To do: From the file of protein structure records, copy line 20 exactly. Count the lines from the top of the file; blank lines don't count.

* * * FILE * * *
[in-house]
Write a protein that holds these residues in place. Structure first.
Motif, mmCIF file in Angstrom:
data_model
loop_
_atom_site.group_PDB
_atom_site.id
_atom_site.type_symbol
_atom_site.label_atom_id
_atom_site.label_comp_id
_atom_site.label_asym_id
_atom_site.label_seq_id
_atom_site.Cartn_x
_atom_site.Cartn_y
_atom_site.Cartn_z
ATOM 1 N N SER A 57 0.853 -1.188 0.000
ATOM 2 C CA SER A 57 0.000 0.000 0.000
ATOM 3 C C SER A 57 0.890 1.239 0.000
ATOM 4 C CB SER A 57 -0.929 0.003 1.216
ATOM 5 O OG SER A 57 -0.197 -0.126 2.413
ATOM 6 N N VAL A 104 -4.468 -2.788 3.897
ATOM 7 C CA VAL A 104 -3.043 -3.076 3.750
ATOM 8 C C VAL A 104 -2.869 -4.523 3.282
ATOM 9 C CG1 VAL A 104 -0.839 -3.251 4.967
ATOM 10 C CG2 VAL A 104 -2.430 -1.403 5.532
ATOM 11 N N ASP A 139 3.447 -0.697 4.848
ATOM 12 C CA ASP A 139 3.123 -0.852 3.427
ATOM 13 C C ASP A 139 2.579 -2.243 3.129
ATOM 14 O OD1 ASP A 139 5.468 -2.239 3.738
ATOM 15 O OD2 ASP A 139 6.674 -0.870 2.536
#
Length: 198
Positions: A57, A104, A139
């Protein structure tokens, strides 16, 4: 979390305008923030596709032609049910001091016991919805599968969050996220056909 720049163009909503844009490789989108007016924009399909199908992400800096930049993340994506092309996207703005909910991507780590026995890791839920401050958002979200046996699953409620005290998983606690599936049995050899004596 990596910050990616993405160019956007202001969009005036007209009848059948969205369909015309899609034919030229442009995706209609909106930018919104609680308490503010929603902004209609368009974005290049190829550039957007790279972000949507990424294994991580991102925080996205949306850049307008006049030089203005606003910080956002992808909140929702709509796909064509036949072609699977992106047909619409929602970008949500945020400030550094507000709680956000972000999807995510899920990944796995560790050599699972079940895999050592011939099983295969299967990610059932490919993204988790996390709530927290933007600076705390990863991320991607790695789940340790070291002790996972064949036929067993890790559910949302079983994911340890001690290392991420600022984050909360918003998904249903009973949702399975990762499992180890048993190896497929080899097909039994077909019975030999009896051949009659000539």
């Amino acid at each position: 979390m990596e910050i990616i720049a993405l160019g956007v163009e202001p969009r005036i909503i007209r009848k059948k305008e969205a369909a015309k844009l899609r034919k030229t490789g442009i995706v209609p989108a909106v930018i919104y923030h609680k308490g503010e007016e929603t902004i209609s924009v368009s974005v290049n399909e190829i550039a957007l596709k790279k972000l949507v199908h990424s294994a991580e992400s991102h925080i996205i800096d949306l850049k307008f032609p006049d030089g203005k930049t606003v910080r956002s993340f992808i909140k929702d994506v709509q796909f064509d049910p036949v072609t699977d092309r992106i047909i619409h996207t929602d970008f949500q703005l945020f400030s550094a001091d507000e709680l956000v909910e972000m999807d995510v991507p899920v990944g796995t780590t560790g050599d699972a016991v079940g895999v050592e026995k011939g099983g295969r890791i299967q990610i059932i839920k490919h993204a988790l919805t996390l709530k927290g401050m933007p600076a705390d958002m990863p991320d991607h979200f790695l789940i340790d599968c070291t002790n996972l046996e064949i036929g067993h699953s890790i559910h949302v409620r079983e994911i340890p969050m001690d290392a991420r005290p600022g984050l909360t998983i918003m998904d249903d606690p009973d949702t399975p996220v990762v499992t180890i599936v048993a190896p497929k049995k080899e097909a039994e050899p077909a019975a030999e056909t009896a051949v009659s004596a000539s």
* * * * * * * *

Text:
ATOM 5 O OG SER A 57 -0.197 -0.126 2.413